Josh Marshall over at TPM makes a compelling case that if the Democrats take the House this November, that the focus should not be on impeachment.   Rather, the focus of a Democratic House should be investigating the President’s finances and conflicts of interests as well as connections to Russia.  Nutshell is that there will not be enough (if any) Republicans to vote to convict Trump in the Senate.  So a lot of time and effort into a process that will ultimately go nowhere and hand Trump a victory, vs. investigative proceedings that may shed a great deal of light on Trump’s actual dealings.  It’s worth a read.     


I was surprised about how moved I was on hearing the news of the passing of Aretha Franklin.  I don't have too many words, this Time article is lovely, and you should listen in full to her performance of Rock of Ages in the church her father had preached for 33 years.   She sang this as part of an interview by Time magazine.  Here it is:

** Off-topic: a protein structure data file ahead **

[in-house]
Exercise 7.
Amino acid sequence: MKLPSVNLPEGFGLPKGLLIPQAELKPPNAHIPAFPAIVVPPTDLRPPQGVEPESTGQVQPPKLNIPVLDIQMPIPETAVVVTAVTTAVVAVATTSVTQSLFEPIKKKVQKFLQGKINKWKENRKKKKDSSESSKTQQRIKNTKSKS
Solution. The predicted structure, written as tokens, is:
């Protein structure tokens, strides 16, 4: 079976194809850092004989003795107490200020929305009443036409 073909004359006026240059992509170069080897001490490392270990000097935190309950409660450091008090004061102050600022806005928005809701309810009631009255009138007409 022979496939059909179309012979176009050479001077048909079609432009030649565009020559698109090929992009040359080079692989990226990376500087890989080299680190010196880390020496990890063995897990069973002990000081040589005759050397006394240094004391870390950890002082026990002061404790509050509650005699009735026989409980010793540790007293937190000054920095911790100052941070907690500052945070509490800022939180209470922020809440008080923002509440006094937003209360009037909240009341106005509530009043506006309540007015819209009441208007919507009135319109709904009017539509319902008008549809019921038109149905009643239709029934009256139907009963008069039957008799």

Rest in peace, Aretha.

The importance of an open mind

I always try to maintain an open mind about my point of view.  Like most people, I’m not always successful in doing so, but I like to think when I have misread a person I am willing to admit it.  (But it took me a month to process and write this post.)  So it was when I became excited about Maria Estrada’s candidacy for the California Assembly, a self styled progressive who says she supports single payer health care, immigrant rights, and labor protections, among other things.  We met her at an event we helped organize to support Tim Canova, a progressive candidate for the House running against Debbie Wasserman Schultz.  We exchanged phone numbers, and stayed in touch, planning to organize a similar event for Maria when the time was right, and ultimately picked a date to have the event.  Some details were still TBD, but it felt like it was going to happen.  Very exciting.